Still an incredible slice of energy. Not really the birth by any stretch of the imagination, but the moment it exploded into the public eye and then gobbed in it.

soxtalon wrote:16/17

Nirvana - All Apologies

My friends were much bigger Nirvana fans than I was. I tended to go for musical skill, production, lush soundscapes but occasionally the raw feeling of Cobain did seep through and never more than this track. This one still resonates with me.


Fantastic track. Still feels so utterly visceral.

Tarkus wrote:1980 was the year we lost John Lennon to the obsessed psychofan Mark Chapman, and the world was still reeling from the shock. His album Double Fantasy topped the charts for the rest of the year and the beginning of 81, and this single, Starting Over, was one of the first hits of the year. There will be more of Lennon later on, although not performed by the man himself...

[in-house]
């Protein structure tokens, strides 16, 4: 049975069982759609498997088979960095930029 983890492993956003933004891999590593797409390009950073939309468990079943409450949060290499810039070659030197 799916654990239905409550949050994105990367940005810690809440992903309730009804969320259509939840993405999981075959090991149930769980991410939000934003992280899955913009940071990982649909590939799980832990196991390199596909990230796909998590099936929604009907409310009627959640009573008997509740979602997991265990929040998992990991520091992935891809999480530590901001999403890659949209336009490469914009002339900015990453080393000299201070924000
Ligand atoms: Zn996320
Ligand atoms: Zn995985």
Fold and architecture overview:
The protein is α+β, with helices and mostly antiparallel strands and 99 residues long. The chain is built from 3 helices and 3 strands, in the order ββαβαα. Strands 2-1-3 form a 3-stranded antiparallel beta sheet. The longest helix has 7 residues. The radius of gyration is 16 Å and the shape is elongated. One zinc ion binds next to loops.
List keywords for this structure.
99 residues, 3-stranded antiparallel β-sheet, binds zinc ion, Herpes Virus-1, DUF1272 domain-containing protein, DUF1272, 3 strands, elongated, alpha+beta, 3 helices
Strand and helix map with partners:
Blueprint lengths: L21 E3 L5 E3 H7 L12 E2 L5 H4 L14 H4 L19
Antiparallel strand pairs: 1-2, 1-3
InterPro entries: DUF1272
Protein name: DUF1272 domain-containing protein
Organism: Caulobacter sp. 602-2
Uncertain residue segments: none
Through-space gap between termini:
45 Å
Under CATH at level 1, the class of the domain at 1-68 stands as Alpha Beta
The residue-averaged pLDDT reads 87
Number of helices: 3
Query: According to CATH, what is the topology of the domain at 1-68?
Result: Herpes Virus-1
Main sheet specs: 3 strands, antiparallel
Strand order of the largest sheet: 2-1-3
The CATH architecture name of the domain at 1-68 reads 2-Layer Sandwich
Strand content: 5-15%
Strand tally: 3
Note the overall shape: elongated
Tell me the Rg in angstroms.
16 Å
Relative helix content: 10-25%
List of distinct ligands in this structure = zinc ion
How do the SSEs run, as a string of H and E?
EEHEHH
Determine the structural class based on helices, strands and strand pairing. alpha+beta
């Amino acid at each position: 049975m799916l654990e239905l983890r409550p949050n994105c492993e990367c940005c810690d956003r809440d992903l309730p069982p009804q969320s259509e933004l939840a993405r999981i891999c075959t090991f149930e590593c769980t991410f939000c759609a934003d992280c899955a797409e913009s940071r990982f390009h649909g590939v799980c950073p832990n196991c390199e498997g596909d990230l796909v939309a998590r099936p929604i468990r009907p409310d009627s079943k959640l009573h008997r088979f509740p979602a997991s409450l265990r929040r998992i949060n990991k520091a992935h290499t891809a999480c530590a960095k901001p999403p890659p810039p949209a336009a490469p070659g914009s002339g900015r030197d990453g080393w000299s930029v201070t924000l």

(Just Like) Starting Over has become one of my absolute favourite songs. As the years go by, it resonates with me more and more. The Stripped version is lovely too.
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Re: 17 at 17

Postby Tarkus » Sat Feb 25, 2017 1:57 am

Thanks for the kind words, Dids- the cheque is in the post! :lol:

Now to my final three.

Upthread, I listed Phil Collins' solo classic 'In The Air Tonight', and later in the same year, he released an album with Genesis, called Abacab. This is the title track and single from that album.